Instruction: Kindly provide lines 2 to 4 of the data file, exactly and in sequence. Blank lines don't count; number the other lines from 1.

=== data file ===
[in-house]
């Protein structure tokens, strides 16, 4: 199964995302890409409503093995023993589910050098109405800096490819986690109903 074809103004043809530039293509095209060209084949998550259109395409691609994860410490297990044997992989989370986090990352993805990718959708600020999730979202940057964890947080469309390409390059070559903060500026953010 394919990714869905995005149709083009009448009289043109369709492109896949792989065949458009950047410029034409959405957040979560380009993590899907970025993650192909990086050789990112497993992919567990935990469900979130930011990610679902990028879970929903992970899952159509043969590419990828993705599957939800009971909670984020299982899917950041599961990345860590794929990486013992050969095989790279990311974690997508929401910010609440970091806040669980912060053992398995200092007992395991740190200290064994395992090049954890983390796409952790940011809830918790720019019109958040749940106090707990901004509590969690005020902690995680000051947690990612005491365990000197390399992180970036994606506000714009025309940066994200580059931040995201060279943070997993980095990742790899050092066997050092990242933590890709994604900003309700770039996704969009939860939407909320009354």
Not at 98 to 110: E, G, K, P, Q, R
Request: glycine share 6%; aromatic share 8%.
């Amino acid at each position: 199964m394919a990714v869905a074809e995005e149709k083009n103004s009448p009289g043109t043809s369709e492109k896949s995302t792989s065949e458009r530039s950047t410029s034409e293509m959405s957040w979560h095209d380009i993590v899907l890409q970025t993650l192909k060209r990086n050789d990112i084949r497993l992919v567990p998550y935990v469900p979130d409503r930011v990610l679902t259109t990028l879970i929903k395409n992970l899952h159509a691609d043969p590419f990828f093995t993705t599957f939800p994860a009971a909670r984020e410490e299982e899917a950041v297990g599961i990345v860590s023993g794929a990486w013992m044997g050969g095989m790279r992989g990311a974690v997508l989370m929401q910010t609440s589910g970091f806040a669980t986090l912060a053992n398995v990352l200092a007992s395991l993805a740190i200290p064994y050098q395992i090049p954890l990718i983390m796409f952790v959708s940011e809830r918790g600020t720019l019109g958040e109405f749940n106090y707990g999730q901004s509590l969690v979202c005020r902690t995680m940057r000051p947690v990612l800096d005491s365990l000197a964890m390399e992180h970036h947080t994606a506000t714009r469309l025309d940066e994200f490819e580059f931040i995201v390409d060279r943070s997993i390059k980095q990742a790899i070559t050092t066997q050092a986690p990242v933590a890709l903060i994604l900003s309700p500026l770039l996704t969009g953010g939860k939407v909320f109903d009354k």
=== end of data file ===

């Protein structure tokens, strides 16, 4: 199964995302890409409503093995023993589910050098109405800096490819986690109903 074809103004043809530039293509095209060209084949998550259109395409691609994860410490297990044997992989989370986090990352993805990718959708600020999730979202940057964890947080469309390409390059070559903060500026953010 394919990714869905995005149709083009009448009289043109369709492109896949792989065949458009950047410029034409959405957040979560380009993590899907970025993650192909990086050789990112497993992919567990935990469900979130930011990610679902990028879970929903992970899952159509043969590419990828993705599957939800009971909670984020299982899917950041599961990345860590794929990486013992050969095989790279990311974690997508929401910010609440970091806040669980912060053992398995200092007992395991740190200290064994395992090049954890983390796409952790940011809830918790720019019109958040749940106090707990901004509590969690005020902690995680000051947690990612005491365990000197390399992180970036994606506000714009025309940066994200580059931040995201060279943070997993980095990742790899050092066997050092990242933590890709994604900003309700770039996704969009939860939407909320009354």
Not at 98 to 110: E, G, K, P, Q, R
Request: glycine share 6%; aromatic share 8%.